Why Design Patents Make Sense for Online Marketplace Sellers | Dunlap Bennett & Ludwig LLC

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“The more you know, the less you need.”
― Yvon Chouinard, Let My People Go Surfing: The Education of a Reluctant Businessman

In a design patent application, “the claimed subject matter is the design incorporated in or applied to an article of manufacture (or part thereof) and not the article itself”. United States Patent and Trademark Office (USPTO) Manual of Patent Examination Procedure, Chapter 1500, Section 1502.

In other words, a design patent application seeks to protect the appearance of a product, not its function (i.e., not its usefulness, which is the proper subject matter of the other type of patent application, utility patent application). This explains why, if you open a design patent, you will quickly notice that it is over 90% designs.

The second major difference between the design patent application and the utility patent application is that the design patent application allows only one claim. In other words, as a general rule, the design patent application can protect only one embodiment, i.e. only one “aspect” of the product can be protected per application. (There are exceptions/qualifications to this rule, but we’ll save that for another blog.) So over 90% of a typical design patent application are drawings of the same product, presented from sufficient views to enable a person skilled in the art.

That said, a design patent applicant does not need to claim their entire product and therefore can expand the scope of their single claim. The broadening of scope is perhaps because solid lines in design patent drawings are the only things that define what a claim is. Thus, the less you draw – in solid lines – the wider the resulting patent would be since the infringement is found where the potential infringer has at least claimed everything, whether or not he has additional elements.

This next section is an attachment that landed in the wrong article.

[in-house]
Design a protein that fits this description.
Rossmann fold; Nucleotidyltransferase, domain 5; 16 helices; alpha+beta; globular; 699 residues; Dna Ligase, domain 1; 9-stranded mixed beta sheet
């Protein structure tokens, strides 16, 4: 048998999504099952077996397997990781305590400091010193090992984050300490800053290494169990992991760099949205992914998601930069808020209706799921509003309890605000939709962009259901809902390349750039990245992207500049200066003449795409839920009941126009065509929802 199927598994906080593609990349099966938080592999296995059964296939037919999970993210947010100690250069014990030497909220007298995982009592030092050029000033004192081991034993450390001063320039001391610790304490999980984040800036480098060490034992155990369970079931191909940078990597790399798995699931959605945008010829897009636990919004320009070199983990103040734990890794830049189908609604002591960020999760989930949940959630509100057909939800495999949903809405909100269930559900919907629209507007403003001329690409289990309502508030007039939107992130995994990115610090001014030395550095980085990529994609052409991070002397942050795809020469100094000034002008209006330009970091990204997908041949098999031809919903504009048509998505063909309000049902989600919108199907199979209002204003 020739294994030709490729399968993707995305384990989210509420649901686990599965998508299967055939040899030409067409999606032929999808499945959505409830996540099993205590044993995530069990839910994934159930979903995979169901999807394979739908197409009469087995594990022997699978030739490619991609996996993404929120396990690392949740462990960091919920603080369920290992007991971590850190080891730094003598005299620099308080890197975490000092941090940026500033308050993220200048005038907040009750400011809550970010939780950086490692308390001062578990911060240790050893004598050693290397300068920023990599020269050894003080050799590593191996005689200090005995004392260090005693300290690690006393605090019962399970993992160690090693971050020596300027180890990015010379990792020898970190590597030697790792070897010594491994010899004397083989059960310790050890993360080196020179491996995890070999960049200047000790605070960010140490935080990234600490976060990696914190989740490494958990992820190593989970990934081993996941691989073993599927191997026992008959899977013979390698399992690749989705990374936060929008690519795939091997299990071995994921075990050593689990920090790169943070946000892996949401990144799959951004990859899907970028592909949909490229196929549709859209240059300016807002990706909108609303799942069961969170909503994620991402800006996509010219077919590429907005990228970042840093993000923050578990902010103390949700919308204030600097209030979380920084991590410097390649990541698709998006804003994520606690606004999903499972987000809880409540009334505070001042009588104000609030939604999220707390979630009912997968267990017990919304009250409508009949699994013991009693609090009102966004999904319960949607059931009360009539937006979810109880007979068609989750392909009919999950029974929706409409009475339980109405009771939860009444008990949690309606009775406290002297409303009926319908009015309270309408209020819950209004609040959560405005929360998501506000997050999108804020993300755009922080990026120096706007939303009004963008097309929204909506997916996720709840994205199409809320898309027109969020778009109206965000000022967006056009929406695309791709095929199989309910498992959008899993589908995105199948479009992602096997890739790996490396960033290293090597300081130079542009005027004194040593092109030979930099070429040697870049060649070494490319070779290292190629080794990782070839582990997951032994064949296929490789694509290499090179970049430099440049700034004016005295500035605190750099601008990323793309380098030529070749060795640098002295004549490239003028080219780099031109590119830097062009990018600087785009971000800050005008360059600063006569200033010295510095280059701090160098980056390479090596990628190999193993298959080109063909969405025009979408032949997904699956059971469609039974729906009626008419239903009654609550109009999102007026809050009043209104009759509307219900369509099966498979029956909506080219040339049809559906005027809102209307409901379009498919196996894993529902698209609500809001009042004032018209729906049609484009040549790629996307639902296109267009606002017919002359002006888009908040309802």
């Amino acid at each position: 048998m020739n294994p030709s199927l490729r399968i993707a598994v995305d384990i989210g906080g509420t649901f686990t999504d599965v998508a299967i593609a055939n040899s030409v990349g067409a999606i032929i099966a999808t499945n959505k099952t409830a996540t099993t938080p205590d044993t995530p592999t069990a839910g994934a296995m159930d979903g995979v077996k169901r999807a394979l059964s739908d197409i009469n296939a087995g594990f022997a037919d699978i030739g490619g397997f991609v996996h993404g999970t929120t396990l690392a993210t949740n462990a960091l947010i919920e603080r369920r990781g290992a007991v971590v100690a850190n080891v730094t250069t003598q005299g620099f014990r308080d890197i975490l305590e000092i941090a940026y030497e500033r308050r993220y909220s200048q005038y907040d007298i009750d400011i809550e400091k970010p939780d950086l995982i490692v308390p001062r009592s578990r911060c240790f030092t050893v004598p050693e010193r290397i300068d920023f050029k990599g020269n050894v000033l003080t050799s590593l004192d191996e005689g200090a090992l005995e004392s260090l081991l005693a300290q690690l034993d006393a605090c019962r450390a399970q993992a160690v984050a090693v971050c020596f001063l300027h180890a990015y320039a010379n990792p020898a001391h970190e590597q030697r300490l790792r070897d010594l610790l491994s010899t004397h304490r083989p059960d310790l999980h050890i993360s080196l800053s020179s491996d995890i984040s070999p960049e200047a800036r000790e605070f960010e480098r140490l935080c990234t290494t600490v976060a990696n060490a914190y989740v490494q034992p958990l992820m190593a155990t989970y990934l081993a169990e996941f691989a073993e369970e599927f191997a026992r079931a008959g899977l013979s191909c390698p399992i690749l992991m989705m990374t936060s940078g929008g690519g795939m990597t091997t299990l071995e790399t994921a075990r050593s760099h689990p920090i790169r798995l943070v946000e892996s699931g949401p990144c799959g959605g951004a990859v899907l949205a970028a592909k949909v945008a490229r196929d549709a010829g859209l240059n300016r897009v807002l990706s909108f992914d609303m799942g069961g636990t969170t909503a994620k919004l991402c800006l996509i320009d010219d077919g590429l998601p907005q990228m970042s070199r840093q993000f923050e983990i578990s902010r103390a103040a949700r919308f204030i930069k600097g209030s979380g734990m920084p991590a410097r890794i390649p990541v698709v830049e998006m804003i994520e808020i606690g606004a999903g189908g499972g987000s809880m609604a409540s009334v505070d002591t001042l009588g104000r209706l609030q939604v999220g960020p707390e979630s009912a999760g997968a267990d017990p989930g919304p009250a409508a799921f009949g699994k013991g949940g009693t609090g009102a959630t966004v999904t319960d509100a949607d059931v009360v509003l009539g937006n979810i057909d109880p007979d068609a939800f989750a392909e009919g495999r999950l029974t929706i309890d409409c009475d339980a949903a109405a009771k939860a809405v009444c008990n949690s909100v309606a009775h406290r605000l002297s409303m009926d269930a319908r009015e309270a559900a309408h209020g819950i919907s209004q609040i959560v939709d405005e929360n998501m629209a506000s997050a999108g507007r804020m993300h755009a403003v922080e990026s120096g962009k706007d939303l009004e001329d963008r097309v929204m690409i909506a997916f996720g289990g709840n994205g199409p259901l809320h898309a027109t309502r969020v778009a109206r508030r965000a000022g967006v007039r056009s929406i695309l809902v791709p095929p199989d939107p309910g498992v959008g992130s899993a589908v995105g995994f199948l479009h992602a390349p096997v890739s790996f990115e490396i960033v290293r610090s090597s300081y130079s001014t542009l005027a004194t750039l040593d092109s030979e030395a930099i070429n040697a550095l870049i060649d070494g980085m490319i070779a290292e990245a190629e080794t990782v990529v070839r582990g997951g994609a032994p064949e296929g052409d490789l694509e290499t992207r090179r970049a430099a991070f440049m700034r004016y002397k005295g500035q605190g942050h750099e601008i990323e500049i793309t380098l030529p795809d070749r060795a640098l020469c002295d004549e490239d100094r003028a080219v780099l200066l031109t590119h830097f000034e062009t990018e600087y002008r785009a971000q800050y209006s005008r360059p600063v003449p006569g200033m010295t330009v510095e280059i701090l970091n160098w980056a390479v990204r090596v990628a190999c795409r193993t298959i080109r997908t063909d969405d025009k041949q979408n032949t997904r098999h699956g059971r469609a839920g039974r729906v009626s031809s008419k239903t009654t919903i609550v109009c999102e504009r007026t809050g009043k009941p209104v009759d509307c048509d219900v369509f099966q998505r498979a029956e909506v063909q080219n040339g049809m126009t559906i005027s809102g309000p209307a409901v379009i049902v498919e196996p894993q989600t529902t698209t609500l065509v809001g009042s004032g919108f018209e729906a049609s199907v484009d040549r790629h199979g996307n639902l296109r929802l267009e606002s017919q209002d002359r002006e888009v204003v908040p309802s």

Since a picture is worth a thousand words, here is a patented hammer head (US Patent No. D719,242). Note that the handle part of the hammer is “excluded” with dotted lines. Thus, the claim is limited to the single part of the hammer head (shown in solid lines). The legal consequence is that someone infringes this patent if they have a hammer head that looks like the one seen in the attached image – independently of what their hammer handle looks like.

Some might shrug their shoulders and say, “So what, I heard that design patents offer very little protection.” And I would say, ask Samsung®, whose patent infringement lawsuit against Apple® resulted in a 9-figure judgment, centered on three patents, including two design patents. In addition, online marketplaces like Amazon® honor design patents as intellectual property rights that they enforce through their “Amazon Infringement Report Form”, whereby a patent holder/seller (from design) can have an infringer’s Amazon listings removed (assuming Amazon makes that decision). And since design patent applications, compared to utility patent applications, are much less expensive, go through the USPTO faster, and have a much higher likelihood of being granted as a patent, this actually an affordable way to apply and enhance your product. And now that you know more, you can claim less with greater impact.

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